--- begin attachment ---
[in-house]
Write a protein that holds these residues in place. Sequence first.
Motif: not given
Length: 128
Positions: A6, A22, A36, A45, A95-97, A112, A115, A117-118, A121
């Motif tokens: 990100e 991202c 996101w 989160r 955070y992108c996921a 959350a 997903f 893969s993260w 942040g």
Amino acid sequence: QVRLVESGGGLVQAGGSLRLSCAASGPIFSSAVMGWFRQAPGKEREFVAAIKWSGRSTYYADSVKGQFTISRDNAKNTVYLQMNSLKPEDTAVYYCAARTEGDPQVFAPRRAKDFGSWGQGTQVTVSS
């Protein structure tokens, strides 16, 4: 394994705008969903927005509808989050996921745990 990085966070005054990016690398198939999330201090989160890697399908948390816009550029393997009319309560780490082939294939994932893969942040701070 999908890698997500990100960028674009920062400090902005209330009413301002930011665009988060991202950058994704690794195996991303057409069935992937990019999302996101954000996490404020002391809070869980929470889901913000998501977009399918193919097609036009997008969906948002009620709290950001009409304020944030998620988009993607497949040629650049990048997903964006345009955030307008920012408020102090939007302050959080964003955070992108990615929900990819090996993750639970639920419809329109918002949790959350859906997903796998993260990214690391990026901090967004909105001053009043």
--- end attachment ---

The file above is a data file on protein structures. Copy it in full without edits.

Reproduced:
[in-house]
Write a protein that holds these residues in place. Sequence first.
Motif: not given
Length: 128
Positions: A6, A22, A36, A45, A95-97, A112, A115, A117-118, A121
């Motif tokens: 990100e 991202c 996101w 989160r 955070y992108c996921a 959350a 997903f 893969s993260w 942040g």
Amino acid sequence: QVRLVESGGGLVQAGGSLRLSCAASGPIFSSAVMGWFRQAPGKEREFVAAIKWSGRSTYYADSVKGQFTISRDNAKNTVYLQMNSLKPEDTAVYYCAARTEGDPQVFAPRRAKDFGSWGQGTQVTVSS
């Protein structure tokens, strides 16, 4: 394994705008969903927005509808989050996921745990 990085966070005054990016690398198939999330201090989160890697399908948390816009550029393997009319309560780490082939294939994932893969942040701070 999908890698997500990100960028674009920062400090902005209330009413301002930011665009988060991202950058994704690794195996991303057409069935992937990019999302996101954000996490404020002391809070869980929470889901913000998501977009399918193919097609036009997008969906948002009620709290950001009409304020944030998620988009993607497949040629650049990048997903964006345009955030307008920012408020102090939007302050959080964003955070992108990615929900990819090996993750639970639920419809329109918002949790959350859906997903796998993260990214690391990026901090967004909105001053009043």